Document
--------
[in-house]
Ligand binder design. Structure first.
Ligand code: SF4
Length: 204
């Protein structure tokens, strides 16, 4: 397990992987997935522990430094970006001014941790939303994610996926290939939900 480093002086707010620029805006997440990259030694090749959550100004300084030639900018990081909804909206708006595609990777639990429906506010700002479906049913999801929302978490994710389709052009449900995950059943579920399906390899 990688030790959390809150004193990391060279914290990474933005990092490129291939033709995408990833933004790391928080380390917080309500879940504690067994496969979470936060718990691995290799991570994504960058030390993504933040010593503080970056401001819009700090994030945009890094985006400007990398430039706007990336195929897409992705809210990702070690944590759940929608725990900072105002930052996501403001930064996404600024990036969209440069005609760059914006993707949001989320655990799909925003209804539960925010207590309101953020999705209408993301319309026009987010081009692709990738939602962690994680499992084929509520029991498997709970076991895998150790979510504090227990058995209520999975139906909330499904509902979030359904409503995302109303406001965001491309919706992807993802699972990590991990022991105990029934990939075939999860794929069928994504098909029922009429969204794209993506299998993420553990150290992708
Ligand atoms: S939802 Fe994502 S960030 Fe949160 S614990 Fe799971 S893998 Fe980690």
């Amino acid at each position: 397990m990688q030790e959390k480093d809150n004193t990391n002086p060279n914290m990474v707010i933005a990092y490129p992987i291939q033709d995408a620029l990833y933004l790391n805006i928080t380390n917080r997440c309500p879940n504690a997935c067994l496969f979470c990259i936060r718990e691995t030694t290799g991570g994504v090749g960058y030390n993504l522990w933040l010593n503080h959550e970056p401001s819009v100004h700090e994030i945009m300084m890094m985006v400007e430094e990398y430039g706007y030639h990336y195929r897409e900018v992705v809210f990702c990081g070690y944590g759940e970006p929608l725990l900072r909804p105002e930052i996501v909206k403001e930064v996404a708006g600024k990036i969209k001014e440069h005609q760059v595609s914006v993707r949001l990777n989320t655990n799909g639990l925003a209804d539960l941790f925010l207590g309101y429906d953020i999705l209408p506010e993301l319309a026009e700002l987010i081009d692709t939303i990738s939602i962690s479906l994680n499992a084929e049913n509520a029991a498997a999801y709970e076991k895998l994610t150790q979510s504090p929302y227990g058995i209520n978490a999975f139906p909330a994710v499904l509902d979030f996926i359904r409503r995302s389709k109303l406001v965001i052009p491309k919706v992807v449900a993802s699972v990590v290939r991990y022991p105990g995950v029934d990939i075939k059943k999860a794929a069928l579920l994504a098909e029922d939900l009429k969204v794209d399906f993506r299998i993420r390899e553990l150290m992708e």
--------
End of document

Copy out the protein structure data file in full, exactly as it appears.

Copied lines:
[in-house]
Ligand binder design. Structure first.
Ligand code: SF4
Length: 204
């Protein structure tokens, strides 16, 4: 397990992987997935522990430094970006001014941790939303994610996926290939939900 480093002086707010620029805006997440990259030694090749959550100004300084030639900018990081909804909206708006595609990777639990429906506010700002479906049913999801929302978490994710389709052009449900995950059943579920399906390899 990688030790959390809150004193990391060279914290990474933005990092490129291939033709995408990833933004790391928080380390917080309500879940504690067994496969979470936060718990691995290799991570994504960058030390993504933040010593503080970056401001819009700090994030945009890094985006400007990398430039706007990336195929897409992705809210990702070690944590759940929608725990900072105002930052996501403001930064996404600024990036969209440069005609760059914006993707949001989320655990799909925003209804539960925010207590309101953020999705209408993301319309026009987010081009692709990738939602962690994680499992084929509520029991498997709970076991895998150790979510504090227990058995209520999975139906909330499904509902979030359904409503995302109303406001965001491309919706992807993802699972990590991990022991105990029934990939075939999860794929069928994504098909029922009429969204794209993506299998993420553990150290992708
Ligand atoms: S939802 Fe994502 S960030 Fe949160 S614990 Fe799971 S893998 Fe980690």
């Amino acid at each position: 397990m990688q030790e959390k480093d809150n004193t990391n002086p060279n914290m990474v707010i933005a990092y490129p992987i291939q033709d995408a620029l990833y933004l790391n805006i928080t380390n917080r997440c309500p879940n504690a997935c067994l496969f979470c990259i936060r718990e691995t030694t290799g991570g994504v090749g960058y030390n993504l522990w933040l010593n503080h959550e970056p401001s819009v100004h700090e994030i945009m300084m890094m985006v400007e430094e990398y430039g706007y030639h990336y195929r897409e900018v992705v809210f990702c990081g070690y944590g759940e970006p929608l725990l900072r909804p105002e930052i996501v909206k403001e930064v996404a708006g600024k990036i969209k001014e440069h005609q760059v595609s914006v993707r949001l990777n989320t655990n799909g639990l925003a209804d539960l941790f925010l207590g309101y429906d953020i999705l209408p506010e993301l319309a026009e700002l987010i081009d692709t939303i990738s939602i962690s479906l994680n499992a084929e049913n509520a029991a498997a999801y709970e076991k895998l994610t150790q979510s504090p929302y227990g058995i209520n978490a999975f139906p909330a994710v499904l509902d979030f996926i359904r409503r995302s389709k109303l406001v965001i052009p491309k919706v992807v449900a993802s699972v990590v290939r991990y022991p105990g995950v029934d990939i075939k059943k999860a794929a069928l579920l994504a098909e029922d939900l009429k969204v794209d399906f993506r299998i993420r390899e553990l150290m992708e």